Like the older generations, young Serbs believe that there is room in Cernica for everyone, despite the lack of things that young people in the 21st century have everywhere else in the world.
The village has only a shop, that is why the locals frequently trek over to one of the neighboring villages, to Partes, Kusce, Silovo. They say that they are used to it.
“Well, we are used to it. We are used to it and now it is normal for us. We miss lots of things, we miss going out, we miss cafes, we miss a city where we can go and take a walk, hang out and all that. All that is somehow an integral part of our life and it’s missing, but again, in a way, we are, so to speak, content,” Marija Stojanovic, a PE teacher, says.
Despite all the hardships, young people from Cernica say that they aren’t going anywhere.
„I plan to stay here, to protect our victims in general, their graves bind us to remain here and they are the foundation of this village, which has entrusted us to protect them and to persevere here as long as we can,“ said the Russian language teacher, Lazar Petrovic.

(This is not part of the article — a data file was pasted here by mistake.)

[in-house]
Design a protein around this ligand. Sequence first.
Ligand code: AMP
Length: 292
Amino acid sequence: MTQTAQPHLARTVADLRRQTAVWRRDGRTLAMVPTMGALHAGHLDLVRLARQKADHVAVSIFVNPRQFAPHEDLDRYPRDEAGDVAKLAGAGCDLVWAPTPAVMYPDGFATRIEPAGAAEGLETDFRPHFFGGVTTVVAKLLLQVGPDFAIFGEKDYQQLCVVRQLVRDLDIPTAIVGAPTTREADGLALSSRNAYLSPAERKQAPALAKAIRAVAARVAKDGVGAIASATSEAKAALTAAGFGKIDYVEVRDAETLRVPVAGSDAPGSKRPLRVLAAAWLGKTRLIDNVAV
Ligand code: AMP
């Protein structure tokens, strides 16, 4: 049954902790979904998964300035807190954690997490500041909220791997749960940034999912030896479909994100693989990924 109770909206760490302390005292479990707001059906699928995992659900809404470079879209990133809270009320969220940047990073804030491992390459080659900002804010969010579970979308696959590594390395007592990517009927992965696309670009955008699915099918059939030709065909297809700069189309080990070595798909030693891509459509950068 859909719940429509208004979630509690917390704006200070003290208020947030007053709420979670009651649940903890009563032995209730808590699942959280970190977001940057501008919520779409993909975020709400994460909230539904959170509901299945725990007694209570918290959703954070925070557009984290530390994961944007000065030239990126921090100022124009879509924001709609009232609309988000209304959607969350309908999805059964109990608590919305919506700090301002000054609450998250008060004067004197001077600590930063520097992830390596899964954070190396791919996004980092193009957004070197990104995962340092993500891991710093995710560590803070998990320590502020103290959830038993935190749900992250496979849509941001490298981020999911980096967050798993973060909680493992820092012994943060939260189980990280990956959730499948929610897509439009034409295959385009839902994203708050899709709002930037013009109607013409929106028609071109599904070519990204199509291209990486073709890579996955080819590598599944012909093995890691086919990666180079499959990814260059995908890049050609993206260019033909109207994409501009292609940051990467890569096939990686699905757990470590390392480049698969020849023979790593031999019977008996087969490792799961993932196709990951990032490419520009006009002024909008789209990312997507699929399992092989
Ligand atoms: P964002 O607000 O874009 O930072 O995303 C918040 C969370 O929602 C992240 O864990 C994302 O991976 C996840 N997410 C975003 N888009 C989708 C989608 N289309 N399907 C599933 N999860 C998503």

While planning their future in their native village, they invite everyone who left to return, including Albanians who also sought a better life outside of Kosovo.
“I sincerely hope that the time will come when people will understand that we don’t cause problems for each other, that this territory of Kosovo, that this place of ours, Cernica, was created for both. Nor are they bothered by us, nor should we be bothered by them,” the locals emphasize.
As to whether the lives of the citizens in Cernica will improve – it depends on the central and local authorities.
According to Cernica residents, the Serb community is invisible to the municipality of Gnjilane.
We also tried to find out what the local government is doing to improve the lives of minority communities, i.e. Serbs in Cernica, however, no reply arrived from the municipality of Gnjilane.